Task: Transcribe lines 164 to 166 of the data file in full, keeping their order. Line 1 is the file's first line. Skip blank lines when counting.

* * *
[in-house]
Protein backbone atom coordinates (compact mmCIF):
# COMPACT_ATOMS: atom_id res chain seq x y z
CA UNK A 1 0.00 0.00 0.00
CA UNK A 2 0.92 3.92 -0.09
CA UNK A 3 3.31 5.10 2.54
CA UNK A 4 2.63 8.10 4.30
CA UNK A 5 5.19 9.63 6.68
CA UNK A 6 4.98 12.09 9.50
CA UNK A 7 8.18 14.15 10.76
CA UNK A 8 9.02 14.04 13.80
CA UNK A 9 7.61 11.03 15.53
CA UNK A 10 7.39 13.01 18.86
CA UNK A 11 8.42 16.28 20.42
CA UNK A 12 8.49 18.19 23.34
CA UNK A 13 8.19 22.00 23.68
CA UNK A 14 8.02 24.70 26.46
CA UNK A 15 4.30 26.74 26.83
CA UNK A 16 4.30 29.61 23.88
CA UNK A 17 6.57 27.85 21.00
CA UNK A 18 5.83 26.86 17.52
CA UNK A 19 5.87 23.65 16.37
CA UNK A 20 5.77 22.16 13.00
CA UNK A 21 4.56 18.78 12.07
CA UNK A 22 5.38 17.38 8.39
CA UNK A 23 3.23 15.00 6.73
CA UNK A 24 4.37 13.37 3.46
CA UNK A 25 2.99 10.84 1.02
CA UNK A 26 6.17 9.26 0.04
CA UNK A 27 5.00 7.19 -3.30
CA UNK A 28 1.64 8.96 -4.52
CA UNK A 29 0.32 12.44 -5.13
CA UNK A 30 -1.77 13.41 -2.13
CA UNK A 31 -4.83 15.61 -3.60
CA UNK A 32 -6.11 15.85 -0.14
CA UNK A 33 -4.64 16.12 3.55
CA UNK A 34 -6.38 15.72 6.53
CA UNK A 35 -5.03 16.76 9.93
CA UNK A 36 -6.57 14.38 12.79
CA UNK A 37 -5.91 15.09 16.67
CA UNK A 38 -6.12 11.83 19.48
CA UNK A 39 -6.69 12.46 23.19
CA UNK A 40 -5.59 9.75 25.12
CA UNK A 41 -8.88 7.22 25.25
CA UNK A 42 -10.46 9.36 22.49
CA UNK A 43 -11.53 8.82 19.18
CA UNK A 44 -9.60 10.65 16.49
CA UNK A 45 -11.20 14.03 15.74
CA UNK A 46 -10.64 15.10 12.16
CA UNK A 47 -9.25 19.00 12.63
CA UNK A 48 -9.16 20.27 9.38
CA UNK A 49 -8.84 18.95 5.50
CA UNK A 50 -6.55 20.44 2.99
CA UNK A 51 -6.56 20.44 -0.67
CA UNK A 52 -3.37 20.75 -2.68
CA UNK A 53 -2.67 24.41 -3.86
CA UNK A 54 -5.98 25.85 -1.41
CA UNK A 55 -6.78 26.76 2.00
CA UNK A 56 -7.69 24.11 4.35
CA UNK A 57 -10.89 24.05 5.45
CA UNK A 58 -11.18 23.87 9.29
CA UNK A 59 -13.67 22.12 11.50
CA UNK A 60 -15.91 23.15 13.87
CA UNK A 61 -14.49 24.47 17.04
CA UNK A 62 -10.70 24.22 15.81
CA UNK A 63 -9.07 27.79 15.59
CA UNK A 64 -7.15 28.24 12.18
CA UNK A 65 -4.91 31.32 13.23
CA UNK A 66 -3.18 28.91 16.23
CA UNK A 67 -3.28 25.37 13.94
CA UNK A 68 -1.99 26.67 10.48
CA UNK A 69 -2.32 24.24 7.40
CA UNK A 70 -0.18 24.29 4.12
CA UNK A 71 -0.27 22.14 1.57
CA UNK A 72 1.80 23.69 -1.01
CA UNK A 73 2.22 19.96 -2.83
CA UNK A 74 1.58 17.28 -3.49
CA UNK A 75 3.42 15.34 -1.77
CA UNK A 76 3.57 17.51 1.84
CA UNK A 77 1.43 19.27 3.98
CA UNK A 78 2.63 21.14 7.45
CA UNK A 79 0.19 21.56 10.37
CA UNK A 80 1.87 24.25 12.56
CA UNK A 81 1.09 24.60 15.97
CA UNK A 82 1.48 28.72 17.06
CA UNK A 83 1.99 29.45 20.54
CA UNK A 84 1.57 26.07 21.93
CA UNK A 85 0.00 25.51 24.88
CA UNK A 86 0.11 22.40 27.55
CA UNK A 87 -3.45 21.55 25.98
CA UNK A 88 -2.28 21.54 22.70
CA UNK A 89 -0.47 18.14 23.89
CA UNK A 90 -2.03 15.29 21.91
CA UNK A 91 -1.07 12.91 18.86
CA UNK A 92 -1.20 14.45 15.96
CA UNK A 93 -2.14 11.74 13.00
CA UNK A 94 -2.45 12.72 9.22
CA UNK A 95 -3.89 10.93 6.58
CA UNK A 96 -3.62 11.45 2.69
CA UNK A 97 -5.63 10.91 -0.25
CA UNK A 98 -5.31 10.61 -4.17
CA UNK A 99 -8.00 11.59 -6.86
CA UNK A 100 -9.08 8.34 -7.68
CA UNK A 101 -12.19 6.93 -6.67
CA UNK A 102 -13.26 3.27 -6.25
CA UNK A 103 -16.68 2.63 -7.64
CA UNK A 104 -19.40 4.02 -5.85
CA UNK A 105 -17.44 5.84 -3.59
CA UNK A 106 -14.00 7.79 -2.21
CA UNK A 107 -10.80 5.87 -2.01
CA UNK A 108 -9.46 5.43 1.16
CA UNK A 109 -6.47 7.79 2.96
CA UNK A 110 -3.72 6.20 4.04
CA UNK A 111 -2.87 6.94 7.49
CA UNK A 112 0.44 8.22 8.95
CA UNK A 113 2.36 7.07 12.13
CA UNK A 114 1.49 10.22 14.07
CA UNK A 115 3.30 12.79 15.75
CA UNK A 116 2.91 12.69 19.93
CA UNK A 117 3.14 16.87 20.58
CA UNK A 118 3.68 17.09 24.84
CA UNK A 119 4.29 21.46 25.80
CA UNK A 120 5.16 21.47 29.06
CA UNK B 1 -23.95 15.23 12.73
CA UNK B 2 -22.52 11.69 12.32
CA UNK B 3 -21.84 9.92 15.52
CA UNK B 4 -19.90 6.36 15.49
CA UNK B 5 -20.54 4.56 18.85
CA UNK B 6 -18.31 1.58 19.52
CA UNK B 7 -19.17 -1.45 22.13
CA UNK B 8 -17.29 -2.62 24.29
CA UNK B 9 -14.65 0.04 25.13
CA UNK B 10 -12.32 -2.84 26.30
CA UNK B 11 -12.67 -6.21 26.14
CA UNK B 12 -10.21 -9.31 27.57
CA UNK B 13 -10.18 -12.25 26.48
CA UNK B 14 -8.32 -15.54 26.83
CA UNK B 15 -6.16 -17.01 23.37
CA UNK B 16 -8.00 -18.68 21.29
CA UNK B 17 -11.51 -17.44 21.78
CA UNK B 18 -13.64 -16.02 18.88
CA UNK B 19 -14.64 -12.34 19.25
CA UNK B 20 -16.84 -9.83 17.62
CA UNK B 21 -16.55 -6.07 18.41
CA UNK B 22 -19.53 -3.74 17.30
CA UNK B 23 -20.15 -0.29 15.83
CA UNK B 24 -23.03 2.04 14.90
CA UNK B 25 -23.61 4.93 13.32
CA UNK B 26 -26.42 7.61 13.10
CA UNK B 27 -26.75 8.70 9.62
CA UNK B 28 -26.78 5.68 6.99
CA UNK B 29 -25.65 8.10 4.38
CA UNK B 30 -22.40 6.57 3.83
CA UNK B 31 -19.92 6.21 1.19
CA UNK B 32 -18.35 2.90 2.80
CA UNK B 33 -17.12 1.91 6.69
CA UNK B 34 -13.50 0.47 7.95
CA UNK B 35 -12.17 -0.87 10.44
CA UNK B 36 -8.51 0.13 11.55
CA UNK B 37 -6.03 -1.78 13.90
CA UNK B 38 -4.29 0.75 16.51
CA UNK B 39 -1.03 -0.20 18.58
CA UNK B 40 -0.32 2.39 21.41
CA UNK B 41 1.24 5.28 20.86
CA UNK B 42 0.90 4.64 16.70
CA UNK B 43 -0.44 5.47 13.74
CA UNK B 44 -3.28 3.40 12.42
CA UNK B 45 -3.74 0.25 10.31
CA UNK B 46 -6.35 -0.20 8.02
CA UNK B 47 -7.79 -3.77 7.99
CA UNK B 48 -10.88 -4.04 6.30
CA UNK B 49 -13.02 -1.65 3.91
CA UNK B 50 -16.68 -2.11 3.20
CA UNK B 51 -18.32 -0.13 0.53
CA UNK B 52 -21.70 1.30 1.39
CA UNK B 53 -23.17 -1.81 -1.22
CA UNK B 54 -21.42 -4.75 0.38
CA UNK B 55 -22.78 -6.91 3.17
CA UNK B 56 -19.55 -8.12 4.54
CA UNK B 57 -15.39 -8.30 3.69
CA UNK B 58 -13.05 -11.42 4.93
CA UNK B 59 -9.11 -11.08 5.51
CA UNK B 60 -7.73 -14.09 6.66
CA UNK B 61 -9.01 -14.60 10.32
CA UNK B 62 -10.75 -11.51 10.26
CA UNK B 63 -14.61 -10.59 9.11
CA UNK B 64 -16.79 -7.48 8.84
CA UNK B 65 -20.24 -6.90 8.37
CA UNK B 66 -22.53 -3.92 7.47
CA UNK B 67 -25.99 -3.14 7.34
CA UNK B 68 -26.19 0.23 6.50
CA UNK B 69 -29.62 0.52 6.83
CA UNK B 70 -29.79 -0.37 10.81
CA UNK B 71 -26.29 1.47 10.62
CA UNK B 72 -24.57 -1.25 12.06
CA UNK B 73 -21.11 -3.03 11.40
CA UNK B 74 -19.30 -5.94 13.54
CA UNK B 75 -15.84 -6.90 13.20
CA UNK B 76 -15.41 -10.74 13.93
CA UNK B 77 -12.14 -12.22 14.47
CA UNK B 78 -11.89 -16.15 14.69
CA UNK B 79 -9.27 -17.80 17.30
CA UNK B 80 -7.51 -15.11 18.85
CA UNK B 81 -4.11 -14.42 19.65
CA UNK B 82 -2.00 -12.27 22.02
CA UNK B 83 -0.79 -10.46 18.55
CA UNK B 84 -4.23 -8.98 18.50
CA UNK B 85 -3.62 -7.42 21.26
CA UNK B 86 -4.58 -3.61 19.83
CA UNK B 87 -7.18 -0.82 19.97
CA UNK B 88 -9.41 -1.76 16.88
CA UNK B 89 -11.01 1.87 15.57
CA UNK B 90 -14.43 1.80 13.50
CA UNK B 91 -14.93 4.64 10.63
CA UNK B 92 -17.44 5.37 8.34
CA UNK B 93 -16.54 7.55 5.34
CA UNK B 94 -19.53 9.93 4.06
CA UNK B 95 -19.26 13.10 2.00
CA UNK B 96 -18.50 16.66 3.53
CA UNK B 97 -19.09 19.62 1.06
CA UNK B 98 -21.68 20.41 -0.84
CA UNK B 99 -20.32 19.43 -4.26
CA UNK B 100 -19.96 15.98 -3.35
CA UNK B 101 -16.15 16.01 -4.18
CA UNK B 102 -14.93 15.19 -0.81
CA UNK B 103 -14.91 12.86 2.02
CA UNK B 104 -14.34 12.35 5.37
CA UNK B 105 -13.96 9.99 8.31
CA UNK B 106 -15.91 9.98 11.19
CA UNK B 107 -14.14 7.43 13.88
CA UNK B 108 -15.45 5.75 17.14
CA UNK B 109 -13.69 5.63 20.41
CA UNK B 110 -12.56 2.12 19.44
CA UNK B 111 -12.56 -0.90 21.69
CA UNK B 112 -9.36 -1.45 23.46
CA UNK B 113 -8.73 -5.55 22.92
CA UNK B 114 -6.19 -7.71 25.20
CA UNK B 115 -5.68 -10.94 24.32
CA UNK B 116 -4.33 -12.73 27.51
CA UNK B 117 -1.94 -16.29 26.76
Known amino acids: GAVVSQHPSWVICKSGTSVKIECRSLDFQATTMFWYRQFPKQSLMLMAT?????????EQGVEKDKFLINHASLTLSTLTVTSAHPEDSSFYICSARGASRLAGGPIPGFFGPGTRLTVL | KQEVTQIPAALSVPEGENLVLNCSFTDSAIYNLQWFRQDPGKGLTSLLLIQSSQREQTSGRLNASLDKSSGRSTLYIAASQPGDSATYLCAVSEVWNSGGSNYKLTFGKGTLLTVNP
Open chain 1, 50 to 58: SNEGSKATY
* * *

CA UNK B 41 1.24 5.28 20.86
CA UNK B 42 0.90 4.64 16.70
CA UNK B 43 -0.44 5.47 13.74